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Citrus Heights Under Fire in New Age Discrimination Lawsuit


— November 18, 2020

The city of Citrus Heights was recently hit with a lawsuit after terminating Sandy Richards, a former employee.


Sandy Richards has spent much of her adult life working in law enforcement. Over the years she’s worked her way up from being a 911 dispatcher to “running the civilian side of the Citrus Heights Police Department, where she had worked since 2006.” However, at the age of 57, Richards began noticing a few things, things that eventually prompted her to file an age discrimination lawsuit against Citrus Heights. According to the suit, which was filed in federal court in Sacramento, “Citrus Heights officials manufactured a reason to fire her after she refused to retire.”

The suit names Chief Ron Lawrence, former chief, and current City Manager Christopher Boyd and Richards’ direct supervisor, Assistant Chief Gina Anderson. Additionally, it accuses the department of starting a “phony internal affairs investigation that led to her being escorted out of police headquarters and ultimately fired.”

In response, Richards said the move to have her removed from the job she loved has left her devastated. She said, “I was unceremoniously walked out of the police department…I have bad nightmares about it, full-on emotional trauma…I’ve never had anything like this happen.” She added:

“I’m a worker bee, I love to work. I love to keep busy, I love to be a problem solver. That’s why I was good with my job. I was a problem solver, I could solve anything…I could run circles around most people…I would still be working there…I loved what I did.”

Dispatcher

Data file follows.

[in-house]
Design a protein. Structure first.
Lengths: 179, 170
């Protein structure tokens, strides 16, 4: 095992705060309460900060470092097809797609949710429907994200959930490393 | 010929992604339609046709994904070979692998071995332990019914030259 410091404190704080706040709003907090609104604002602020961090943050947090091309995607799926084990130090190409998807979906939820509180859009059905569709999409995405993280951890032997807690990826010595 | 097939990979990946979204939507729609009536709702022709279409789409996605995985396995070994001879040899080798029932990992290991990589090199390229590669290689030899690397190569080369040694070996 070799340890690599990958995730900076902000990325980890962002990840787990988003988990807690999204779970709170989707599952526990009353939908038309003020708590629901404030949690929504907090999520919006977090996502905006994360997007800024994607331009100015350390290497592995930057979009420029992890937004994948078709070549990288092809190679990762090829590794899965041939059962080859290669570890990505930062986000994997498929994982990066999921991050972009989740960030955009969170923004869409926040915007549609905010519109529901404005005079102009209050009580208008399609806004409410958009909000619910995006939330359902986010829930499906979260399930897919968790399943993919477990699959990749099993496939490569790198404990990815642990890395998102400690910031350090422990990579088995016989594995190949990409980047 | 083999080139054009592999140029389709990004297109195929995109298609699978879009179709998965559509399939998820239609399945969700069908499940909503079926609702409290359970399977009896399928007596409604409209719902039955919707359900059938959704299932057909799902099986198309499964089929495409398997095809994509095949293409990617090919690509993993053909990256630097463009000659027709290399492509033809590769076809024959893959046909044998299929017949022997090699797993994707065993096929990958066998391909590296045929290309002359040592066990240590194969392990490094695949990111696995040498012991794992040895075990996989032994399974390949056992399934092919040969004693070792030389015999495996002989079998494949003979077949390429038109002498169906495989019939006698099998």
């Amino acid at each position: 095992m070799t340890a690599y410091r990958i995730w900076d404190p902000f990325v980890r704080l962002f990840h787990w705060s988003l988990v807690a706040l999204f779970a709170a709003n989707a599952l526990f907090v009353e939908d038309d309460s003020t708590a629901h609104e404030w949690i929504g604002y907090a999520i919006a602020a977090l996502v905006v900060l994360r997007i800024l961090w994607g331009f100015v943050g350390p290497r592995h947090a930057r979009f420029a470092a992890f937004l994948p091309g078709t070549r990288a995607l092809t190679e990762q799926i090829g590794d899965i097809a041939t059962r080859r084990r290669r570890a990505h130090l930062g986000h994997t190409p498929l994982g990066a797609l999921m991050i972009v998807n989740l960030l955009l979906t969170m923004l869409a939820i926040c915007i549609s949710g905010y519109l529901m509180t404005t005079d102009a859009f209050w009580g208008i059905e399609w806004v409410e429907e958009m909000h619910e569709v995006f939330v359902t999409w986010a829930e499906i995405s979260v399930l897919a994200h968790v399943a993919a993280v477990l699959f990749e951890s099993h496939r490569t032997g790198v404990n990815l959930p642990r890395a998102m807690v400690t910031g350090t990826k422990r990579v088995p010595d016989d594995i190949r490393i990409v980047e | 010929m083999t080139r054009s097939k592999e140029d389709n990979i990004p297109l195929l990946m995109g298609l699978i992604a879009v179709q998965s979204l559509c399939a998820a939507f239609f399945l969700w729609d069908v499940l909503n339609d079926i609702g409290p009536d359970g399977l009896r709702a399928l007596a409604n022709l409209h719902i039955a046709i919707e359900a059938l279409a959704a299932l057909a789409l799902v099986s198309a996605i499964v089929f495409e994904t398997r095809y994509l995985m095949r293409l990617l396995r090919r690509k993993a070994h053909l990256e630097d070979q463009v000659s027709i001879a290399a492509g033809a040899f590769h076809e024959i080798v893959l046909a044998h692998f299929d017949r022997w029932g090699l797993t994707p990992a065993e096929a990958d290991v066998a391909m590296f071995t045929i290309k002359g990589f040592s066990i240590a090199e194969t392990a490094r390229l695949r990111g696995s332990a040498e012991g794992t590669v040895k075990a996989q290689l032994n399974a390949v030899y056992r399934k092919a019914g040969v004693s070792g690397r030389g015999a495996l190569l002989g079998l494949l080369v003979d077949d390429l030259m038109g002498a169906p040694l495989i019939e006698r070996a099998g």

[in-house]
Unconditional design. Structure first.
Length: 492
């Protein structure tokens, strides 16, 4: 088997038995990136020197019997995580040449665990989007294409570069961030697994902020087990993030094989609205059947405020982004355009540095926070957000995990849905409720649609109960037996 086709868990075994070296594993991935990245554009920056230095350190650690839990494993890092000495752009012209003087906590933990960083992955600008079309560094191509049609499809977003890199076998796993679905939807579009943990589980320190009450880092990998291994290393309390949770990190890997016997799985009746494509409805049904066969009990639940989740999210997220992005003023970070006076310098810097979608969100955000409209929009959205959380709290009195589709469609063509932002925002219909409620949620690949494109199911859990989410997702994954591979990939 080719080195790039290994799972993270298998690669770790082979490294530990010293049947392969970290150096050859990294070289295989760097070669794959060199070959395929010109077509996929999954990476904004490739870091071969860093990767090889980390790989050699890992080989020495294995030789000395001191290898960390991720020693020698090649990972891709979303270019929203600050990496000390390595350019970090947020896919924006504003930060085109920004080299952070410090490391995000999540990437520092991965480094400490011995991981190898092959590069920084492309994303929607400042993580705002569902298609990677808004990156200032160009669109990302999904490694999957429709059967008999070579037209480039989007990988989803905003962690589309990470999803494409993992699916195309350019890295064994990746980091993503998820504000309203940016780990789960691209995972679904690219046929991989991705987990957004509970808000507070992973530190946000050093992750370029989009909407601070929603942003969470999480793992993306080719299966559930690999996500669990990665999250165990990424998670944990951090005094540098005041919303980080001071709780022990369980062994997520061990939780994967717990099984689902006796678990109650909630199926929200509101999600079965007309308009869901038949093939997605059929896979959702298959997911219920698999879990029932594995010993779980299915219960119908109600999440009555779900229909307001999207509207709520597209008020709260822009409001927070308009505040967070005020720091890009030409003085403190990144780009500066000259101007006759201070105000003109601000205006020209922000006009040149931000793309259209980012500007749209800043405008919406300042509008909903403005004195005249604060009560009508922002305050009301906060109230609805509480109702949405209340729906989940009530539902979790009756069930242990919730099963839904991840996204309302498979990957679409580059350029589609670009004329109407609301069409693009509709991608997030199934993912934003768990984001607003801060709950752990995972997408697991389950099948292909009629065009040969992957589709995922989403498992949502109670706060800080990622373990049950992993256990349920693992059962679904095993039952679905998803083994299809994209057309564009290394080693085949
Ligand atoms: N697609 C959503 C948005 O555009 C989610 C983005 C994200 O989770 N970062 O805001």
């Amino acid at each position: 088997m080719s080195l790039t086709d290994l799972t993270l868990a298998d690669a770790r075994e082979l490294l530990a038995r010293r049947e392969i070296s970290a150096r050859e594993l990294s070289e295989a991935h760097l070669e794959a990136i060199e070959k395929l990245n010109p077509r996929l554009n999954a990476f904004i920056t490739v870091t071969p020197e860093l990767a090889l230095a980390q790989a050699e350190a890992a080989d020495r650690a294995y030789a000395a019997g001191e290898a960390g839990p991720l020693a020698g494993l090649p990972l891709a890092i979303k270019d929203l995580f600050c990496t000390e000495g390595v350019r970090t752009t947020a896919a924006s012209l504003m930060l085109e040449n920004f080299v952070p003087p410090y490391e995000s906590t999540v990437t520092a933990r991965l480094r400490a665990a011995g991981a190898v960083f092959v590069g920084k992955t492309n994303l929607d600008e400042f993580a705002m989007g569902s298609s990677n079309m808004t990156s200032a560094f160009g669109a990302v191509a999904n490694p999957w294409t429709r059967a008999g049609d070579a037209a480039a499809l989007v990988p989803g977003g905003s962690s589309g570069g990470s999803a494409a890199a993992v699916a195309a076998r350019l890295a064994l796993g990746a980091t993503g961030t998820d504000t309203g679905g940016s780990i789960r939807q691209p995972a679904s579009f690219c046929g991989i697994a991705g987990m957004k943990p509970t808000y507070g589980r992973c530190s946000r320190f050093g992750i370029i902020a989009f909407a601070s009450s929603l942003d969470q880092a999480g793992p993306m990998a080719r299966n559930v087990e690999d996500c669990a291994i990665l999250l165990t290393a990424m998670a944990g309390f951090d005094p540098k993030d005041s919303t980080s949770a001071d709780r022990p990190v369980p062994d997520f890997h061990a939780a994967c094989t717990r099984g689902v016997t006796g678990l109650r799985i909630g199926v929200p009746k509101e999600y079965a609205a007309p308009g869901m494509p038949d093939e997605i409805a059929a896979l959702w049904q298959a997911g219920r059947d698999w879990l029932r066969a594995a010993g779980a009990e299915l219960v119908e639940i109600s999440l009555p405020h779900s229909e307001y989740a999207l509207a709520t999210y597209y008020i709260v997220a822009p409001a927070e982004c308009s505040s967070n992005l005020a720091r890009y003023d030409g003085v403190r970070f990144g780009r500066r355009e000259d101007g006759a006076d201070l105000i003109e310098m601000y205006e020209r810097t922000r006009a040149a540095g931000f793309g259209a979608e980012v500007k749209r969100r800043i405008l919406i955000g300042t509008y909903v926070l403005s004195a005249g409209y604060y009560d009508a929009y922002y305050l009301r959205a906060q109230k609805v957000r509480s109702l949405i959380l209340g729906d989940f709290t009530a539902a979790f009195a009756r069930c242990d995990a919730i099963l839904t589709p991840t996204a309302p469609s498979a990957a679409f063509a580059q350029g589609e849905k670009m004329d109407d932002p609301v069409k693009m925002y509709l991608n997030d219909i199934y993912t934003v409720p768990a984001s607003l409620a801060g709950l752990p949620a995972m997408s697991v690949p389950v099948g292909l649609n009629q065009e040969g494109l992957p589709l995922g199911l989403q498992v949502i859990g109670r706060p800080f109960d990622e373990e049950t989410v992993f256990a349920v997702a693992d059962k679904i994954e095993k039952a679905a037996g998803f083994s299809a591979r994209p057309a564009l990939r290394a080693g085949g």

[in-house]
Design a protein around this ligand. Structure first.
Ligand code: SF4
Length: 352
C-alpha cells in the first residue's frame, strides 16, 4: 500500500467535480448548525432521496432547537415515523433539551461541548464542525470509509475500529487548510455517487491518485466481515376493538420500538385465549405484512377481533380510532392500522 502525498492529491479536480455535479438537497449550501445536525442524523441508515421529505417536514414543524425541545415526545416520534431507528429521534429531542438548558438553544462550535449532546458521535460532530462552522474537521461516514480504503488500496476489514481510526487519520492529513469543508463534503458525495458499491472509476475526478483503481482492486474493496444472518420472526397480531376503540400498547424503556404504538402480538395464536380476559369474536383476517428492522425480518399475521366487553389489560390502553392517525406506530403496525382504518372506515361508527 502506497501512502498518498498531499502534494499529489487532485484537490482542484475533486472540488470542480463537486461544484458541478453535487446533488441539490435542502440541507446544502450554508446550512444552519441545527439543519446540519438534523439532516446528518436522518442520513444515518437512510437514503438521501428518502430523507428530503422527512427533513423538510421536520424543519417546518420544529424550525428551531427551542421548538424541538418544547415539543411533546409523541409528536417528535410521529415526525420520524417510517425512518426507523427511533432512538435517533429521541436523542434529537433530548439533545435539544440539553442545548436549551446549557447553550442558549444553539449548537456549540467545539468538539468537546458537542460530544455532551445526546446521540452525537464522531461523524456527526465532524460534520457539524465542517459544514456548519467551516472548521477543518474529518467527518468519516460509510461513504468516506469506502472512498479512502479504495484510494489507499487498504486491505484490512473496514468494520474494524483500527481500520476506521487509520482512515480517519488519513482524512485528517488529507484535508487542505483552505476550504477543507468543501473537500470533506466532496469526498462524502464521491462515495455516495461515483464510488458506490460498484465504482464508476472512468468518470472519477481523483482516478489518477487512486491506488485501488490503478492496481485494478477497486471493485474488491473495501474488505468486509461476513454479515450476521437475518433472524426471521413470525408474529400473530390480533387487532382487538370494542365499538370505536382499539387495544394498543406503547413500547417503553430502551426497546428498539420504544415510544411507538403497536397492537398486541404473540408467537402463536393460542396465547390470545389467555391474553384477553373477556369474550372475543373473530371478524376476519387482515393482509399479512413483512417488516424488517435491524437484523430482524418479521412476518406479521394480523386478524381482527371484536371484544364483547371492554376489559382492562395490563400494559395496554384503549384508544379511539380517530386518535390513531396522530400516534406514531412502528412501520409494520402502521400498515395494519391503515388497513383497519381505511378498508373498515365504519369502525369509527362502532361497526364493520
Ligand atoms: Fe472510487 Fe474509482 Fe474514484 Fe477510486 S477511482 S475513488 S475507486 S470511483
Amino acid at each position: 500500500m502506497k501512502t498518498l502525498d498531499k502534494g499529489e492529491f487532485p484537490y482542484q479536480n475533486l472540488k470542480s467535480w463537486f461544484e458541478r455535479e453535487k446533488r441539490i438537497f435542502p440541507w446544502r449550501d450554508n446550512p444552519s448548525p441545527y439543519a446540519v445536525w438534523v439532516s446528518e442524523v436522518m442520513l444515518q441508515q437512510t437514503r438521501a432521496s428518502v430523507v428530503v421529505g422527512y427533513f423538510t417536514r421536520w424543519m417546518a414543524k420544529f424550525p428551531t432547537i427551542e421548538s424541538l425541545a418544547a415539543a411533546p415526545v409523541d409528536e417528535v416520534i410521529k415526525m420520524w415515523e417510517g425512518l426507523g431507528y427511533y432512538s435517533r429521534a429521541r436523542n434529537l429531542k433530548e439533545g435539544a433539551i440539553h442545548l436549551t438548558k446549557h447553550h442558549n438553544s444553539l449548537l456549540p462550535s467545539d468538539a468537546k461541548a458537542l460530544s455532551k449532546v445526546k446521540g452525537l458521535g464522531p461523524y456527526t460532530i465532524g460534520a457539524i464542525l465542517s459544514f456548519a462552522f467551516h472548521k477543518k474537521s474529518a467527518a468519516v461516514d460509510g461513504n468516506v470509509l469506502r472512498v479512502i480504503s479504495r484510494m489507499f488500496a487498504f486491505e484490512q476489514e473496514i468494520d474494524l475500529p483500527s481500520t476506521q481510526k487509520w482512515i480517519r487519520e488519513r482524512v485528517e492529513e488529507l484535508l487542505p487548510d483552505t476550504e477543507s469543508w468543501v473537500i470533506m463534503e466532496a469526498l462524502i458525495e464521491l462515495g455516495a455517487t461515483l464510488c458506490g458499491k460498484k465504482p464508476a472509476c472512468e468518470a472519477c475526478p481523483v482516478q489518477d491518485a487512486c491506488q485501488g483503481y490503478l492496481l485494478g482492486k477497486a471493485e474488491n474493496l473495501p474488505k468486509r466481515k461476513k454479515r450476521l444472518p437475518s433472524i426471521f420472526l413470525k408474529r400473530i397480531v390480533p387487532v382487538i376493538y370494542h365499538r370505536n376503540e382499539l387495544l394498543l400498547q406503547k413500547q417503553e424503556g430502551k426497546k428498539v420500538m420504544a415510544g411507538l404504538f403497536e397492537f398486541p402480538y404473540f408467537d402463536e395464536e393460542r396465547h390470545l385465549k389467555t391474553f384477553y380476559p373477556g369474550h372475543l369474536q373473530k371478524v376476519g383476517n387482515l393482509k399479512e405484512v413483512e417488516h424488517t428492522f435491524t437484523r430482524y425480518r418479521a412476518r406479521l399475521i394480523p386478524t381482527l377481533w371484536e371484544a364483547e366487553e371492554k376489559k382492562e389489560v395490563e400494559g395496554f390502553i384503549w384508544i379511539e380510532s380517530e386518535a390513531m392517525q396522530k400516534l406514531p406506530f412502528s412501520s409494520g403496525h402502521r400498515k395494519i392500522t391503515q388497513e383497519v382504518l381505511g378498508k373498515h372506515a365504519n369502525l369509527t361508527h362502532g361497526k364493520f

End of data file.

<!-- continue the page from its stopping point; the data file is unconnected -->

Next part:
Dispatcher; image courtesy of ernestoeslava via Pixabay, www.pixabay.com

However, in 2018, Lawrence began talking to Richards about retiring. Though Richards said she didn’t plan on retiring soon, Lawrence didn’t back down. According to the suit, “Lawrence began a campaign of harassment and hostility toward her and manufactured bogus workplace violations to force her out.” Eventually, on June 21, 2019, she was “placed on administrative leave and escorted out of the building without anyone giving her a reason for her removal.” The next day, “Boyd, the city manager, and former chief returned her phone call and she protested her termination.” Boyd’s response? He told her “she should have had an exit plan like Boyd did.”

To make matters worse, the department “began an internal affairs probe and in September 2019 cited examples of misconduct that Richards vehemently disagreed with and considered a pretext for age discrimination,” the lawsuit states. The department also ordered a psychological exam, something that was “imposed without justification because Richards did not display any objective signs that her psychological fitness was an issue.”

Unfortunately for Richards, she was fired on April 8, based on the city’s “findings of serious misconduct and harassment and discrimination.”

Because she was escorted from the police building, Richards said she “just stayed home in silence for months.” Then in June, she filed her lawsuit against the city. That initial complaint was rejected, so she filed complaints with the U.S. Equal Employment Opportunity Commission and the California Department of Fair Employment and Housing. Both of the federal agencies granted her the‘ right to sue’ letters, which she did. She is now seeking compensatory, punitive, and other damages. She also hopes her suit will prevent others from being treated the way she was. She said:

“I don’t want this to happen to anybody else…Being a civilian manager is really, really hard. Being a female civilian manager is even harder…And I worked really hard to make it work and to take care of people. I mean, that’s what I do. Support services. That’s what you do, support everybody…This is devastating to me, just absolutely devastating. I struggle with it every day.”

Sources:

Was she too old at 55? Lawsuit against Citrus Heights police claims age discrimination

Lawsuit against Citrus Heights police alleges age discrimination

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